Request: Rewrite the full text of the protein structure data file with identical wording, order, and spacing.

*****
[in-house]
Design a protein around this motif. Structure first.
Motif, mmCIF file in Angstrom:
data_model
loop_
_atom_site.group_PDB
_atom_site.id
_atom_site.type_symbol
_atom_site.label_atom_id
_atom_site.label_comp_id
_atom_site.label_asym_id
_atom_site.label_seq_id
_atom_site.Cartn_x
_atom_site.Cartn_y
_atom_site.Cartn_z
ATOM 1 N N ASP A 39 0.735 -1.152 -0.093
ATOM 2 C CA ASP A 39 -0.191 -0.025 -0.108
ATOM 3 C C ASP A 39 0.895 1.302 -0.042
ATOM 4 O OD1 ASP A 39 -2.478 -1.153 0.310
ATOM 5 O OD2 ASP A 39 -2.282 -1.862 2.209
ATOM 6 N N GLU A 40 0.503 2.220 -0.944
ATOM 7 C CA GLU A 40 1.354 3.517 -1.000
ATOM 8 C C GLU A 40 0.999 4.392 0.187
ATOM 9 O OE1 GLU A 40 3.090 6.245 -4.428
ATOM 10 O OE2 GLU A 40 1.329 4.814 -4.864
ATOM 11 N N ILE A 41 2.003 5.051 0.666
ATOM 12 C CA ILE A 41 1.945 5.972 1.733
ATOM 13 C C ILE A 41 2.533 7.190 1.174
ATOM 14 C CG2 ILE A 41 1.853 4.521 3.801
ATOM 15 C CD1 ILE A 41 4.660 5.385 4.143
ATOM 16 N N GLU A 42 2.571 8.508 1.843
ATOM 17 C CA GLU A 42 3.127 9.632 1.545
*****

[in-house]
Design a protein around this motif. Structure first.
Motif, mmCIF file in Angstrom:
data_model
loop_
_atom_site.group_PDB
_atom_site.id
_atom_site.type_symbol
_atom_site.label_atom_id
_atom_site.label_comp_id
_atom_site.label_asym_id
_atom_site.label_seq_id
_atom_site.Cartn_x
_atom_site.Cartn_y
_atom_site.Cartn_z
ATOM 1 N N ASP A 39 0.735 -1.152 -0.093
ATOM 2 C CA ASP A 39 -0.191 -0.025 -0.108
ATOM 3 C C ASP A 39 0.895 1.302 -0.042
ATOM 4 O OD1 ASP A 39 -2.478 -1.153 0.310
ATOM 5 O OD2 ASP A 39 -2.282 -1.862 2.209
ATOM 6 N N GLU A 40 0.503 2.220 -0.944
ATOM 7 C CA GLU A 40 1.354 3.517 -1.000
ATOM 8 C C GLU A 40 0.999 4.392 0.187
ATOM 9 O OE1 GLU A 40 3.090 6.245 -4.428
ATOM 10 O OE2 GLU A 40 1.329 4.814 -4.864
ATOM 11 N N ILE A 41 2.003 5.051 0.666
ATOM 12 C CA ILE A 41 1.945 5.972 1.733
ATOM 13 C C ILE A 41 2.533 7.190 1.174
ATOM 14 C CG2 ILE A 41 1.853 4.521 3.801
ATOM 15 C CD1 ILE A 41 4.660 5.385 4.143
ATOM 16 N N GLU A 42 2.571 8.508 1.843
ATOM 17 C CA GLU A 42 3.127 9.632 1.545